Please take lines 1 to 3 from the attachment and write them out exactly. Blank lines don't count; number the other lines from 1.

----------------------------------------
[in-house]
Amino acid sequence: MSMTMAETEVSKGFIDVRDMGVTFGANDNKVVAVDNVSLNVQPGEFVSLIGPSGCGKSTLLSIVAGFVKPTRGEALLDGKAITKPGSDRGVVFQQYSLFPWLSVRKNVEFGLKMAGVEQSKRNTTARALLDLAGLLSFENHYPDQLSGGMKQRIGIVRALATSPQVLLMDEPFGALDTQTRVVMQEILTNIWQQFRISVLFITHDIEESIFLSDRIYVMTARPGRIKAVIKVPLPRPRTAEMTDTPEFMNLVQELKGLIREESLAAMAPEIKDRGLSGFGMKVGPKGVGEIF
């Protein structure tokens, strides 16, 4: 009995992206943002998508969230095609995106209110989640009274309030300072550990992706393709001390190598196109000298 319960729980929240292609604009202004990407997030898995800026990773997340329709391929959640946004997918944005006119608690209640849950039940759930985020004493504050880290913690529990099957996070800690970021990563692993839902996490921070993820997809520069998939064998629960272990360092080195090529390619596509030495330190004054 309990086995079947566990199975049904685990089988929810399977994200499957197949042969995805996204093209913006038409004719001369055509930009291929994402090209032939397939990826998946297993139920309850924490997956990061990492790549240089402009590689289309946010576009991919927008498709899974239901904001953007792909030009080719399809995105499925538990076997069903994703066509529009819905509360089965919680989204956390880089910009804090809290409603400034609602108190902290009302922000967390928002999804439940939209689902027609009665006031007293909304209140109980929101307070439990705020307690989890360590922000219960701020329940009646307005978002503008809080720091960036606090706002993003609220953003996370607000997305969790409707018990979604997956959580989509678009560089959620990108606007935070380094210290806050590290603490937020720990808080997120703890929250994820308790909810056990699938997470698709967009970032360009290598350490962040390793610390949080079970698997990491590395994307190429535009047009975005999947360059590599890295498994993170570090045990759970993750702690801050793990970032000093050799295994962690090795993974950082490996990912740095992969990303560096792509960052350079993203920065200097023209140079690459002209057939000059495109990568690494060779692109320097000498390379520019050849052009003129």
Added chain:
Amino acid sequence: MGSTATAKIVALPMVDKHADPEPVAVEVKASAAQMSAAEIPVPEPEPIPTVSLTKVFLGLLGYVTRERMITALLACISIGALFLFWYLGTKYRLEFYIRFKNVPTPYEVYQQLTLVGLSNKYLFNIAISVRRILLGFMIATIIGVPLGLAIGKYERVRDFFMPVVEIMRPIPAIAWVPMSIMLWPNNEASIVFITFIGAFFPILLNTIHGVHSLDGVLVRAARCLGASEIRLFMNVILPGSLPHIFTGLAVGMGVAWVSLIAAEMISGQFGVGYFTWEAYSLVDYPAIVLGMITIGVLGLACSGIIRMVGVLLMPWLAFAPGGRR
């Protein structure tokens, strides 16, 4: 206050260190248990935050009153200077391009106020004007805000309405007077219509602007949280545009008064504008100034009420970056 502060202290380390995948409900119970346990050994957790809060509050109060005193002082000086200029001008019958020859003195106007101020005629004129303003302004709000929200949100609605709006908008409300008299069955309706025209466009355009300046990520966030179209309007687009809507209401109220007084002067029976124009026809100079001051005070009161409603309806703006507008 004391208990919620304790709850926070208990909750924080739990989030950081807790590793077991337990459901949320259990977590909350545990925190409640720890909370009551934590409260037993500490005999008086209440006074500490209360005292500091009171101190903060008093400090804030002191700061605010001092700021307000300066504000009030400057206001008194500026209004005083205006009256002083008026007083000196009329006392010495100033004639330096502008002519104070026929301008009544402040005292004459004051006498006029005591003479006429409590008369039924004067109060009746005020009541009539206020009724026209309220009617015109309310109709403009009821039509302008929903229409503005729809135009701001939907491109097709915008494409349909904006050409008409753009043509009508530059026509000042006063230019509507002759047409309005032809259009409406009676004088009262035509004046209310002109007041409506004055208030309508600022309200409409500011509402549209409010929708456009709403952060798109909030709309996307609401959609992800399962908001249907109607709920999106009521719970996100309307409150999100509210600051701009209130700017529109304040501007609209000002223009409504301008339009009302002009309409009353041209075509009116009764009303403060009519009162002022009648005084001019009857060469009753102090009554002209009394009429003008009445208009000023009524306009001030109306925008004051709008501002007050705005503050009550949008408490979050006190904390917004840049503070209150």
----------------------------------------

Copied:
[in-house]
Amino acid sequence: MSMTMAETEVSKGFIDVRDMGVTFGANDNKVVAVDNVSLNVQPGEFVSLIGPSGCGKSTLLSIVAGFVKPTRGEALLDGKAITKPGSDRGVVFQQYSLFPWLSVRKNVEFGLKMAGVEQSKRNTTARALLDLAGLLSFENHYPDQLSGGMKQRIGIVRALATSPQVLLMDEPFGALDTQTRVVMQEILTNIWQQFRISVLFITHDIEESIFLSDRIYVMTARPGRIKAVIKVPLPRPRTAEMTDTPEFMNLVQELKGLIREESLAAMAPEIKDRGLSGFGMKVGPKGVGEIF
């Protein structure tokens, strides 16, 4: 009995992206943002998508969230095609995106209110989640009274309030300072550990992706393709001390190598196109000298 319960729980929240292609604009202004990407997030898995800026990773997340329709391929959640946004997918944005006119608690209640849950039940759930985020004493504050880290913690529990099957996070800690970021990563692993839902996490921070993820997809520069998939064998629960272990360092080195090529390619596509030495330190004054 309990086995079947566990199975049904685990089988929810399977994200499957197949042969995805996204093209913006038409004719001369055509930009291929994402090209032939397939990826998946297993139920309850924490997956990061990492790549240089402009590689289309946010576009991919927008498709899974239901904001953007792909030009080719399809995105499925538990076997069903994703066509529009819905509360089965919680989204956390880089910009804090809290409603400034609602108190902290009302922000967390928002999804439940939209689902027609009665006031007293909304209140109980929101307070439990705020307690989890360590922000219960701020329940009646307005978002503008809080720091960036606090706002993003609220953003996370607000997305969790409707018990979604997956959580989509678009560089959620990108606007935070380094210290806050590290603490937020720990808080997120703890929250994820308790909810056990699938997470698709967009970032360009290598350490962040390793610390949080079970698997990491590395994307190429535009047009975005999947360059590599890295498994993170570090045990759970993750702690801050793990970032000093050799295994962690090795993974950082490996990912740095992969990303560096792509960052350079993203920065200097023209140079690459002209057939000059495109990568690494060779692109320097000498390379520019050849052009003129």